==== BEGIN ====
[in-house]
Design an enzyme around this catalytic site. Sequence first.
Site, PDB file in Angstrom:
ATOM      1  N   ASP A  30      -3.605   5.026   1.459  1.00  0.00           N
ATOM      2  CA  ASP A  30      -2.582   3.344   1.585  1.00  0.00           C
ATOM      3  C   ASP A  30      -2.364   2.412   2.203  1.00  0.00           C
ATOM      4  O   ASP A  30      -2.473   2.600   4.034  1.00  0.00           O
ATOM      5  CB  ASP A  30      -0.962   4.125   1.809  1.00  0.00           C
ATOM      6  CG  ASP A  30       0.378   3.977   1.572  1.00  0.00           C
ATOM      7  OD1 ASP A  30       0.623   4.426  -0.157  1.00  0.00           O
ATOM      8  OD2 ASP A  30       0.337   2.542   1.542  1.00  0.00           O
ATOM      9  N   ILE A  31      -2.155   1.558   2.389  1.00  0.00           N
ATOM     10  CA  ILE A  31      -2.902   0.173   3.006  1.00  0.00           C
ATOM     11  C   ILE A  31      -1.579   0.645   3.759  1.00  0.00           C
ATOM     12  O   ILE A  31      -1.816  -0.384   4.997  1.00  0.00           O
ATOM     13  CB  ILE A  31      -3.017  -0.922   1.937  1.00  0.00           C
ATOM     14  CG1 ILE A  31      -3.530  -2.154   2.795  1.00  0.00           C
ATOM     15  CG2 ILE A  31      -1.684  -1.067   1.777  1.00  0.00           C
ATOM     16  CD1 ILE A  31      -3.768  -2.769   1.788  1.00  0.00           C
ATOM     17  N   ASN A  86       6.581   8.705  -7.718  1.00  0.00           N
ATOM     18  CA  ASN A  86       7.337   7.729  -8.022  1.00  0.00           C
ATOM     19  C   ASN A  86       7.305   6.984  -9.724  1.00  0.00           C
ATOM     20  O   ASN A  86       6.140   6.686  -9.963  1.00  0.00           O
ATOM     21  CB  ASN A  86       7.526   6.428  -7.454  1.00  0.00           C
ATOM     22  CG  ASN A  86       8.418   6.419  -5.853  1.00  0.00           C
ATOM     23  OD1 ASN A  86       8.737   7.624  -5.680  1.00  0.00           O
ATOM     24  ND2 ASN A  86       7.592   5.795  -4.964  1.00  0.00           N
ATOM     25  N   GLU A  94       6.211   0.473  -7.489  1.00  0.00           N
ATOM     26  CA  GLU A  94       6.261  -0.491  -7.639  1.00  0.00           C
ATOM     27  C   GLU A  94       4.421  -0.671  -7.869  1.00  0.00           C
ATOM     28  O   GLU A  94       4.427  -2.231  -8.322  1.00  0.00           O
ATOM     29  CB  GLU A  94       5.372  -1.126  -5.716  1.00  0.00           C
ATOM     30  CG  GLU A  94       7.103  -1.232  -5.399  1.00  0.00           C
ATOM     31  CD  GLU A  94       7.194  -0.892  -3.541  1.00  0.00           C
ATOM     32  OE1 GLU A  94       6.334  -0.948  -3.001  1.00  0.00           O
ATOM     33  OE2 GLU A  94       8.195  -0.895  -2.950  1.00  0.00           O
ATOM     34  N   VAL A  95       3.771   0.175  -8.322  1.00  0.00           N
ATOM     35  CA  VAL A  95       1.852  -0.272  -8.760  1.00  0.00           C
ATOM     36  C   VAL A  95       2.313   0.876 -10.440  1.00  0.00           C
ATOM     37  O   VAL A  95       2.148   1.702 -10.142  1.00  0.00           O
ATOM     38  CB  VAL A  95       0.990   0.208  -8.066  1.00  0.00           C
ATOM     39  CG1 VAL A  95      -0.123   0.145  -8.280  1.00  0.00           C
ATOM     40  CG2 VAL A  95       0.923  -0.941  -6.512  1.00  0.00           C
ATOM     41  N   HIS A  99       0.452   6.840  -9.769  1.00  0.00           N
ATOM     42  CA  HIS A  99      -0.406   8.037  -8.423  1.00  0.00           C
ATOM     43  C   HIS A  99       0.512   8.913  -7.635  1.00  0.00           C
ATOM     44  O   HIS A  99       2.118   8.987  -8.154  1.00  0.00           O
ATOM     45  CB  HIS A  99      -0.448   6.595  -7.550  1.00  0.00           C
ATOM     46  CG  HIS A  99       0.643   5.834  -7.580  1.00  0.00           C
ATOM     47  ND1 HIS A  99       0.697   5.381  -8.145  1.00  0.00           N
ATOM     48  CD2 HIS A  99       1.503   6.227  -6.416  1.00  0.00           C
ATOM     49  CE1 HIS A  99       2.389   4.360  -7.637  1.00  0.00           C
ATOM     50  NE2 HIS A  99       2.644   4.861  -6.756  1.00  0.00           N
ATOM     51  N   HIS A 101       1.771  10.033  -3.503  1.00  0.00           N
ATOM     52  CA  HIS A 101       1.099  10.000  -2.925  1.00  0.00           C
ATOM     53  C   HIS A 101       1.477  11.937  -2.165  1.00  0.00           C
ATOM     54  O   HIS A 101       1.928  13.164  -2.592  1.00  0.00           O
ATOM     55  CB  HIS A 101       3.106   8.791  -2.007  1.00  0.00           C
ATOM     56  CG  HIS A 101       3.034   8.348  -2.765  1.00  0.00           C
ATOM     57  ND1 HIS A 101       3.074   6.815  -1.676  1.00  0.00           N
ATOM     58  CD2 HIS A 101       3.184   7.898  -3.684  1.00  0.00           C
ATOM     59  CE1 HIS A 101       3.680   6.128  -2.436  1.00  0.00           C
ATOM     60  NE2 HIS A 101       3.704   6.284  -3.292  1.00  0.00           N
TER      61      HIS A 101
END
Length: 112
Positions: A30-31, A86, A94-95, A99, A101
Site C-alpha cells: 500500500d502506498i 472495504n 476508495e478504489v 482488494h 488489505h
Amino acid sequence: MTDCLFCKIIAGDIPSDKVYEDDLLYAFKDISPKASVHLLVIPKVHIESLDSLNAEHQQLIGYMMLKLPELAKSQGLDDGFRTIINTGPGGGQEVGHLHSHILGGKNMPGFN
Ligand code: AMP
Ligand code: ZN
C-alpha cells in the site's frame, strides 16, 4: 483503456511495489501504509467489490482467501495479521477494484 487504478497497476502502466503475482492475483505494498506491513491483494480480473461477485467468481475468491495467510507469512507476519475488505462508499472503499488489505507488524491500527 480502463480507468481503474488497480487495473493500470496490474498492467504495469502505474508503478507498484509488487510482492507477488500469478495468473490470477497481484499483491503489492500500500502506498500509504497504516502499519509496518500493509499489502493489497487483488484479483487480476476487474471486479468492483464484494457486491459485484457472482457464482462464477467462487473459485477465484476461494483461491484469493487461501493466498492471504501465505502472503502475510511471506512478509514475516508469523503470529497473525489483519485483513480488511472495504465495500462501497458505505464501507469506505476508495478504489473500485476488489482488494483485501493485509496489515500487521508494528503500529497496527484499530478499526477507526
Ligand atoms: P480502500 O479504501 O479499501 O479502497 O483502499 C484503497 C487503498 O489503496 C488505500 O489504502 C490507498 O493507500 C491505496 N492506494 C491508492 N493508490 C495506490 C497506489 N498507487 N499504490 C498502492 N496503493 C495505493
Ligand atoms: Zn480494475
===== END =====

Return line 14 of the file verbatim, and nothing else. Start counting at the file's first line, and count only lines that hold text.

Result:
ATOM     11  C   ILE A  31      -1.579   0.645   3.759  1.00  0.00           C